Wizardry III: Alignment-Locking

I’ve been spending quite some time on the 4th floor. It’s been slow going, but this is not a bad thing — indeed, I’ve reached a state where I’m enjoying the game completely without reservation! It’s hit a sweet spot of slow but steady incremental progress, where each venture into the dungeon adds just a little bit more to the map before I’m forced to retreat, and random equipment drops yield something new and better just often enough to be encouraging, but not so often that it stops feeling special.

But for a while, it was going slow because I didn’t have a quick way to get to level 4, and had to take the long route all the way through the moated fortress on level 1 and then from one corner to the other of level 2’s winding maze. There’s a stair joining levels 1 and 4, right next to a stair joining levels 1 and 5, but they’re across a lake from the entrance. The means of crossing the lake is an item called “Ship in a Bottle” — a lovely bit of whimsy, and also a little bit of a puzzle, as the item name is all you get, and exactly how it gets you across the lake is left to the imagination. This kind of guessing-on-the-basis-of-scant-clues puzzle is really coming to the fore, and I remember it being a big factor in Wizardry IV as well. Anyway, the Ship in a Bottle is a very common drop on level 4, but I wasn’t finding it at first, because I wasn’t opening chests. When I was new to the area and scared of the monsters in it, I left the thieves out of the party to make room for a second cleric, and without a thief, you really want to leave chests alone.

But even when I couldn’t use those stairs as a quick entrance, I could use them as a quick exit. This has to do with what I’ve been calling “alignment-locked”. Levels 2 through 5 are alignment-locked: a party with any evil characters can’t enter levels 2 or 4, and a party with any good characters can’t enter levels 3 or 5. I think the content of the levels is tailored to their alignment a bit, too. Level 3, an evil level, has evil architecture: the bulk of the level looks like a massive open space, but is really made of one-way walls, invisible and passable from one side, visible and impassible from the other. Also, it has the most evil trap I’ve seen: an open passage into a space that, once entered, turns out to be solid rock. Teleporting into rock is one of the few ways to instantly lose an entire party with no possibility of resurrection, and here it’s possible to do it without even teleporting. To be fair, it’s preceded by a series of signposts warning you away, but if I paid any attention to warning signs, I never would have finished Wizardry I. Anyway, levels 2 and 4, the good-aligned ones, have plenty of tricks and traps of their own, but they play relatively fair about it.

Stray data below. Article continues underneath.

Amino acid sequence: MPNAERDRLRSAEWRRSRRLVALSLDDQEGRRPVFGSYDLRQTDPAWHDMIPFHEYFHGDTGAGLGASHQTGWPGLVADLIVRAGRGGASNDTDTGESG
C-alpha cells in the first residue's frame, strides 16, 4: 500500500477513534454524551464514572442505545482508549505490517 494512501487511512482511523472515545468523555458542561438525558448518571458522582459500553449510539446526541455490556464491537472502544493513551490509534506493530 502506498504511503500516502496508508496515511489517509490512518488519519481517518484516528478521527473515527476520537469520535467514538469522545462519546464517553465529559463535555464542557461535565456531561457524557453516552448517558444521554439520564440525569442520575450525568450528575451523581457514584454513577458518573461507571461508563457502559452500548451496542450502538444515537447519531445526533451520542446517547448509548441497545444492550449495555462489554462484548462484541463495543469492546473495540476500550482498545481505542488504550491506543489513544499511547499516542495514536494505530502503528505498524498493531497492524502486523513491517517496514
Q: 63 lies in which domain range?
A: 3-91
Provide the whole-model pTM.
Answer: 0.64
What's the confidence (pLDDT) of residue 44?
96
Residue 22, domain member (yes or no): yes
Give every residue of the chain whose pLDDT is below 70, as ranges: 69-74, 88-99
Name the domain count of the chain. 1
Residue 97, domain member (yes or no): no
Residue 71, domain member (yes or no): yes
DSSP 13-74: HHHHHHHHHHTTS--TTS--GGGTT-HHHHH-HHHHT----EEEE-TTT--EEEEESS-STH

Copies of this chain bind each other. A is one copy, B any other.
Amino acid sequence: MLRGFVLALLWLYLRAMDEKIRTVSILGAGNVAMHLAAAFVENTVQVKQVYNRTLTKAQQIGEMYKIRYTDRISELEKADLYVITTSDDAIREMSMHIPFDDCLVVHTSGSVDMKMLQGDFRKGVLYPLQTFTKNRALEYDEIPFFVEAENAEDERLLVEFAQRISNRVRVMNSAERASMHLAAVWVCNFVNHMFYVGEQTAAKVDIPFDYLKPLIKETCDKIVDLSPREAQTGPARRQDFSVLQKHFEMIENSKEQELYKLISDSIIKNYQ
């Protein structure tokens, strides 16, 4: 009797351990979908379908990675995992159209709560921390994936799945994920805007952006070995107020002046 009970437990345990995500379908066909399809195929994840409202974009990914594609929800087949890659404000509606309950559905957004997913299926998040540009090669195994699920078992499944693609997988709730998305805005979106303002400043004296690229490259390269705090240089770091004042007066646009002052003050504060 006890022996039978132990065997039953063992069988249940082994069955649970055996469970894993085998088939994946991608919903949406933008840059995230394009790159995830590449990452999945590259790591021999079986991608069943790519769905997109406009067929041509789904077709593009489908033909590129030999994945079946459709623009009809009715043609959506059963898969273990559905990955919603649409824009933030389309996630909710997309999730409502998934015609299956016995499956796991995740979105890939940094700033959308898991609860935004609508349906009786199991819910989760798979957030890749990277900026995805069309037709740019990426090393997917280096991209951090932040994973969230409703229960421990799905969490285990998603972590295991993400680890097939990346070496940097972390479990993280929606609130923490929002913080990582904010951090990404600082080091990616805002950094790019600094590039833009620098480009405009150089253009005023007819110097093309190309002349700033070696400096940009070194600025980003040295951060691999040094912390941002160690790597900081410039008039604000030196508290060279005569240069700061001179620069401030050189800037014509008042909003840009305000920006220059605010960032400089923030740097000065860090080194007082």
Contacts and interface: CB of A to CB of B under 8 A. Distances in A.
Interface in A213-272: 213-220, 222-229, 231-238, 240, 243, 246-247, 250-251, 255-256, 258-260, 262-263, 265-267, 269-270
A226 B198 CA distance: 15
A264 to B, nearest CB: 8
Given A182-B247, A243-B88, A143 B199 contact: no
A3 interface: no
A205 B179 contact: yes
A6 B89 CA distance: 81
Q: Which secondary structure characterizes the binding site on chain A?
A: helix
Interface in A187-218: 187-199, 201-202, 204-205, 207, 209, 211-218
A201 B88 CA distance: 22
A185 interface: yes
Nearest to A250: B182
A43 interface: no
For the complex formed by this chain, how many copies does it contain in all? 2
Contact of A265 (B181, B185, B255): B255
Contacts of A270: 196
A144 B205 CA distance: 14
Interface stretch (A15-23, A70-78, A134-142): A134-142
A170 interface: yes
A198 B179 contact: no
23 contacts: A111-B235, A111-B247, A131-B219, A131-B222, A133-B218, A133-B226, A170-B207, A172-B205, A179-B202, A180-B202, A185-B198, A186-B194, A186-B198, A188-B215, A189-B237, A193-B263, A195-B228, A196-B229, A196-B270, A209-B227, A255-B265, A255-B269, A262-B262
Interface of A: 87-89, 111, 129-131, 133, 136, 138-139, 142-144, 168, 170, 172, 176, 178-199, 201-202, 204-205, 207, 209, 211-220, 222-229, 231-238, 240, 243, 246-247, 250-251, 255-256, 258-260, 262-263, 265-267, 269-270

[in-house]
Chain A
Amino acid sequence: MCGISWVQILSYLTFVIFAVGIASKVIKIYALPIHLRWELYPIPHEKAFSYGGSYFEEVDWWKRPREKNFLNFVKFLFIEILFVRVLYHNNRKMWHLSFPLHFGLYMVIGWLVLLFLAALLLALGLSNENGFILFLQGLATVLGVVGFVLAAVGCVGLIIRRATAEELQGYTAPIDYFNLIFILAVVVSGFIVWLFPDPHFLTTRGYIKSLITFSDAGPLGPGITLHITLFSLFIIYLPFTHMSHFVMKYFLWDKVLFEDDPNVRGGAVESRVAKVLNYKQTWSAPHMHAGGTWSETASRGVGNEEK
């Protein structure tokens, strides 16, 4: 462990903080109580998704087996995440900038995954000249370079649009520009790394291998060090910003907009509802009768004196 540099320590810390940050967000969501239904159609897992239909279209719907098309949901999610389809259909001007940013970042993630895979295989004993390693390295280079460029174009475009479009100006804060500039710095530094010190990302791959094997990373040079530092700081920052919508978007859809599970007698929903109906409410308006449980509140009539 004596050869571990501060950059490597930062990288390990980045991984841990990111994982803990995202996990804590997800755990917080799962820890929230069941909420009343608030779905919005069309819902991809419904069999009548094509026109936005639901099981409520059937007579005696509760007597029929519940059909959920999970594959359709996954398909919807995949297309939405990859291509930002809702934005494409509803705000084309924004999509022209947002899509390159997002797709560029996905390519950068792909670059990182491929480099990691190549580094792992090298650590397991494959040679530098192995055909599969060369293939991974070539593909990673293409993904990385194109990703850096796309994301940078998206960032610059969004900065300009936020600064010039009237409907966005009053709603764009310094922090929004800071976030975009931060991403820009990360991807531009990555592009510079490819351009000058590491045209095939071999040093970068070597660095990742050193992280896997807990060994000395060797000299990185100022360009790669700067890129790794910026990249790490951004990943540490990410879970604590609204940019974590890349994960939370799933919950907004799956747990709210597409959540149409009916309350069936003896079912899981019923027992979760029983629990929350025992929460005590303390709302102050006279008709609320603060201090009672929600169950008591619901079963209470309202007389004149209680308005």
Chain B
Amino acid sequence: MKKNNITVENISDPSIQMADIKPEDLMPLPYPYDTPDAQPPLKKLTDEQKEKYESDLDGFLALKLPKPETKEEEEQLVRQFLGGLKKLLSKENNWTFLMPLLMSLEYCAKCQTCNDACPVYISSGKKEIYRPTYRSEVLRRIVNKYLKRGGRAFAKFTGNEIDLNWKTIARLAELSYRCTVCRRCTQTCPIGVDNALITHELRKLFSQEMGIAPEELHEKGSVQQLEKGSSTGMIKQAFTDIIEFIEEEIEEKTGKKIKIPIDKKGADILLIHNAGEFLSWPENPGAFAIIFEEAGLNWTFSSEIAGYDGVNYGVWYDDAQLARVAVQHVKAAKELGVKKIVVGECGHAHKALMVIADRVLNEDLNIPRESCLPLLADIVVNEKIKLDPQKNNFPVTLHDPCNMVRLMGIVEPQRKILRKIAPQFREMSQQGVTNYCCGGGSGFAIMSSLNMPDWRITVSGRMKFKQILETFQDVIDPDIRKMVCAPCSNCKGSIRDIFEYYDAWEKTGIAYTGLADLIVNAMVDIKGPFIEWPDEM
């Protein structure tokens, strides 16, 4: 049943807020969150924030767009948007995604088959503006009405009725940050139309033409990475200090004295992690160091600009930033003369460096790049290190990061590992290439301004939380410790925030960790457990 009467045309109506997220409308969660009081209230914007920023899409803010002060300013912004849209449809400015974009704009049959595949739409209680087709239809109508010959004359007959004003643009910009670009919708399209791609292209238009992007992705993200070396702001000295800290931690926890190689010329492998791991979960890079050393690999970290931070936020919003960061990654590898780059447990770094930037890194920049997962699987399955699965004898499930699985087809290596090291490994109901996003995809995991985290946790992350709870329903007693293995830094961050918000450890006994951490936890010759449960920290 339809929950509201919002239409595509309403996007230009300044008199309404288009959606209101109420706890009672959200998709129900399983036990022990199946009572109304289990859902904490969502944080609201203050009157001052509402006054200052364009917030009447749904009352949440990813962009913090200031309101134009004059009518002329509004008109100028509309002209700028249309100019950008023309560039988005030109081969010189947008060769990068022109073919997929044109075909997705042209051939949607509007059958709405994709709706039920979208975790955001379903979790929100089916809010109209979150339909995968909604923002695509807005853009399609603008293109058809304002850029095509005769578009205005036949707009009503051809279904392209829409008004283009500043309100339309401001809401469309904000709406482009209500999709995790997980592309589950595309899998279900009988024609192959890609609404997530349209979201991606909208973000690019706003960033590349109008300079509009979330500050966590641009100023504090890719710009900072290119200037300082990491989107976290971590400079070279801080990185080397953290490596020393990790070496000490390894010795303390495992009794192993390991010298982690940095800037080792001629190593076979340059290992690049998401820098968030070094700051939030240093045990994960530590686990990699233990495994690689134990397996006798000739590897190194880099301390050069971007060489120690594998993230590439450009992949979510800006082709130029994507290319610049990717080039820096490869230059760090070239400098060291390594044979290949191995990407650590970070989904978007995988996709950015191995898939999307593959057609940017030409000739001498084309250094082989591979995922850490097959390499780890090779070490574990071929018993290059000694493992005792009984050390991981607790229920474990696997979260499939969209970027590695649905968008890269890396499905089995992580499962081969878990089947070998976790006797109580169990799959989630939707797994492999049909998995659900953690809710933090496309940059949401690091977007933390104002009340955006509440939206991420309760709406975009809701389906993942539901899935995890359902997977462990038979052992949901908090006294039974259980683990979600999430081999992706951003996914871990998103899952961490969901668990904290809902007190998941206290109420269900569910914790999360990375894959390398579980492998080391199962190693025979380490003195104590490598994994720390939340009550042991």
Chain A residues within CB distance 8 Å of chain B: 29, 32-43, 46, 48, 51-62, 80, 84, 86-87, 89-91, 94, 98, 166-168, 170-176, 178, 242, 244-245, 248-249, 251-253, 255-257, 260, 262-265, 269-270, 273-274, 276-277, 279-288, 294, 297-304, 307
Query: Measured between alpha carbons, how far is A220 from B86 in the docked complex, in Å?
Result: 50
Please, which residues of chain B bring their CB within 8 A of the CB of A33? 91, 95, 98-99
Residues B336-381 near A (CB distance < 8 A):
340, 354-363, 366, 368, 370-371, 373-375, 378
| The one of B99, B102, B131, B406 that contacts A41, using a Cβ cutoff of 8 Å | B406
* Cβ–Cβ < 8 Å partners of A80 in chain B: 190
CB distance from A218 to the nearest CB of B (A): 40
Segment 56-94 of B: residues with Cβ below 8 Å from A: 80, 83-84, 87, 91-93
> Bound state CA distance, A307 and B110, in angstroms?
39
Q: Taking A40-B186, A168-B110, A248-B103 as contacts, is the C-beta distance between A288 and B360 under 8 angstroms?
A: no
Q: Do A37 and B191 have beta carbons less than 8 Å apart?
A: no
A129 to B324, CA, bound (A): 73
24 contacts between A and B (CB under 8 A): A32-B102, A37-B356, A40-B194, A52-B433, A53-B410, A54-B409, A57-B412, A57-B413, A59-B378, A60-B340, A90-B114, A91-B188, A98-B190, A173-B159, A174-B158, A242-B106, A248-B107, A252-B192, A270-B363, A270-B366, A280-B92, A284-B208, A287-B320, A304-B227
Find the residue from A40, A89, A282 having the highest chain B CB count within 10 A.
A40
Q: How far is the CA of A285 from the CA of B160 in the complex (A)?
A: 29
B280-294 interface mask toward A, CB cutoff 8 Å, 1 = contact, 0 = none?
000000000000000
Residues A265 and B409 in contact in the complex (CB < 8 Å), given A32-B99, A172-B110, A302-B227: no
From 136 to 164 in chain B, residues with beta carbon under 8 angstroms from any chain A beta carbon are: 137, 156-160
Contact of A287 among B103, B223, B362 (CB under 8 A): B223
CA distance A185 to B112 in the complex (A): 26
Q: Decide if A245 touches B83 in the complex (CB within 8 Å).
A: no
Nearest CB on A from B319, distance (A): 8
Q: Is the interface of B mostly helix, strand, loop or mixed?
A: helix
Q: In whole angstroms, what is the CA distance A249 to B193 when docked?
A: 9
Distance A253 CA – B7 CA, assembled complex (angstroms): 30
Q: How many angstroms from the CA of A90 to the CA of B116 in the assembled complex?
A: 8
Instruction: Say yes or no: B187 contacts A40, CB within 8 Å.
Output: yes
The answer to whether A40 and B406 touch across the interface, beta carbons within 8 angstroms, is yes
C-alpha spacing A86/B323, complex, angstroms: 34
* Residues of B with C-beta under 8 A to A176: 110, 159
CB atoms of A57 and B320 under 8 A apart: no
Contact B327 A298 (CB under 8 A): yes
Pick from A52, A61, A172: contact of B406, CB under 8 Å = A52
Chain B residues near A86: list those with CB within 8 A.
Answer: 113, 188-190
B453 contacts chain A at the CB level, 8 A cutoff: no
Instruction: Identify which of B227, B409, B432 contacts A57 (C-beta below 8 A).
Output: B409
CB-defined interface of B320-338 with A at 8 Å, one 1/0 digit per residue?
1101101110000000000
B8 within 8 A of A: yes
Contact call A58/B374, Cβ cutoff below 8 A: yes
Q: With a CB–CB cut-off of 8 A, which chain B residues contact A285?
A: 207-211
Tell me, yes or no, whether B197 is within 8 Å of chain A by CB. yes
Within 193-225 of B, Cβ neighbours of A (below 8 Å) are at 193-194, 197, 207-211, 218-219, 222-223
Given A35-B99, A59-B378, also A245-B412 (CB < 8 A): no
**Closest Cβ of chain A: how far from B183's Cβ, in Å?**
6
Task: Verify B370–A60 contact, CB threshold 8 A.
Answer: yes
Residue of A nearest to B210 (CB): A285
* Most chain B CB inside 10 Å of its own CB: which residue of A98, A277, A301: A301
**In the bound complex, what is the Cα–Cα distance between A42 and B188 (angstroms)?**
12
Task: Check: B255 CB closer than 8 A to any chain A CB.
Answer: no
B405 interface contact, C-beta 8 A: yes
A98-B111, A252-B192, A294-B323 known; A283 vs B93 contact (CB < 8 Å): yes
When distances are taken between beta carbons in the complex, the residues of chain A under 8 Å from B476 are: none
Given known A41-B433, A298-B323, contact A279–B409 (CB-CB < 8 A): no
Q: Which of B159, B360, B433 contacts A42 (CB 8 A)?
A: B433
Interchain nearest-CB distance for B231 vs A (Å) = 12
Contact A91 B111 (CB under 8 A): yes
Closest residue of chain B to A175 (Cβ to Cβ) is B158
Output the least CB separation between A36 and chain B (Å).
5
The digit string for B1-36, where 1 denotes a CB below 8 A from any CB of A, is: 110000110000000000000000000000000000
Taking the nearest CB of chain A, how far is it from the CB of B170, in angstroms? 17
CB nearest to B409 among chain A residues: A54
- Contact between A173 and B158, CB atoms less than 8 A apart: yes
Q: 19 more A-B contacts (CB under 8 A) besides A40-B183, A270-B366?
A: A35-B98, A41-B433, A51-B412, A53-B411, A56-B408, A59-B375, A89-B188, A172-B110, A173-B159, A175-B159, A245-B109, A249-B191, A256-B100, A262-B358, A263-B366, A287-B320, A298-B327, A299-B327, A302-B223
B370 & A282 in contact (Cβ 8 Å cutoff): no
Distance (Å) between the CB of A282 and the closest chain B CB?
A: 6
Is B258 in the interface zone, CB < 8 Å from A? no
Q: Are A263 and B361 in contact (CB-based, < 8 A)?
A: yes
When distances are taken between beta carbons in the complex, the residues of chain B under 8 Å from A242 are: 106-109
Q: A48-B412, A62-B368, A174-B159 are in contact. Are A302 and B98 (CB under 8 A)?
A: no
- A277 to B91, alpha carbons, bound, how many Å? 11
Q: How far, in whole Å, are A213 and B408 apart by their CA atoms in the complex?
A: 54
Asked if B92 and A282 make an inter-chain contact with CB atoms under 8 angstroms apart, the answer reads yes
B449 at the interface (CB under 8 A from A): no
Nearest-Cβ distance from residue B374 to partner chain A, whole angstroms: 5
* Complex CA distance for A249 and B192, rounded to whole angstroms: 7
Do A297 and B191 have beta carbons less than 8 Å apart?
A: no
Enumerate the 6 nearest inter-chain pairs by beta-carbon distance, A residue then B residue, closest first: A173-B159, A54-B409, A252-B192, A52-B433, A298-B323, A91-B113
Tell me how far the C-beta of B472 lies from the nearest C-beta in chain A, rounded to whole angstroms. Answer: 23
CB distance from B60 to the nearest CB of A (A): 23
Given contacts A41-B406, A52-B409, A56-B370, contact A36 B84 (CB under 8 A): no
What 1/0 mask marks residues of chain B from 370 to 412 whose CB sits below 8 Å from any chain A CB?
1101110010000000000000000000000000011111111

So, what happens if you try to enter an alignment-locked level with the wrong party? You get teleported back to town, that’s what. And that’s why a stair to level 4 and a stair to level 5 next to each other work as a quick exit, even if you can’t cross the lake to the stairs out.

Now, level 4 also has a stair up to what I believe to be level 6. And it displays the same behavior: attempting to go up it sends you back to town with the familiar “You’re not welcome here” message. And that made me wonder, because it seemed like it was expecting an evil party, but an evil party couldn’t get into level 4. A puzzle! There were two obvious approaches, but neither seemed very practical. First, you could stay on level 4 until you had fought enough friendly encounters to turn your good party evil. But this would require surviving on level 4 for a very long time. Second, you could create an entire neutral party, which should in theory be allowed everywhere. The problem with this is that an all-neutral party couldn’t have any healers — priests are allowed to be either good or evil, but they have to be one or the other. Perhaps a mixed party would be allowed through? I made a note to try experiments once I finished mapping out levels 4 and 5.

But in fact I found a solution without meaning to. I had a weary and injured party, looking for the quickest way out, and it looked like getting teleported back to town by those stairs up would be it. To my horror, however, they simply went up the stairs. I immediately realized it had to be due to the Crystal of Evil in my inventory, picked up after a tough battle with a wizard named Delf, whose minions turn people to stone (a status I can’t cure yet, but I can easily afford the fee to have it done in town). I closed my laptop still in the dungeon, wondering what to do, and after some time, it came to me: Go back down the stairs, drop the crystal, and go back up again, both getting back home intact and confirming my guess. The game doesn’t really keep state for stuff in the dungeon; all state-tracking is done through character inventory. So what if I don’t have the plot-important crystal any more? I could just fight Delf for it again — something I kind of wanted to do anyway, because he gives massive XP.

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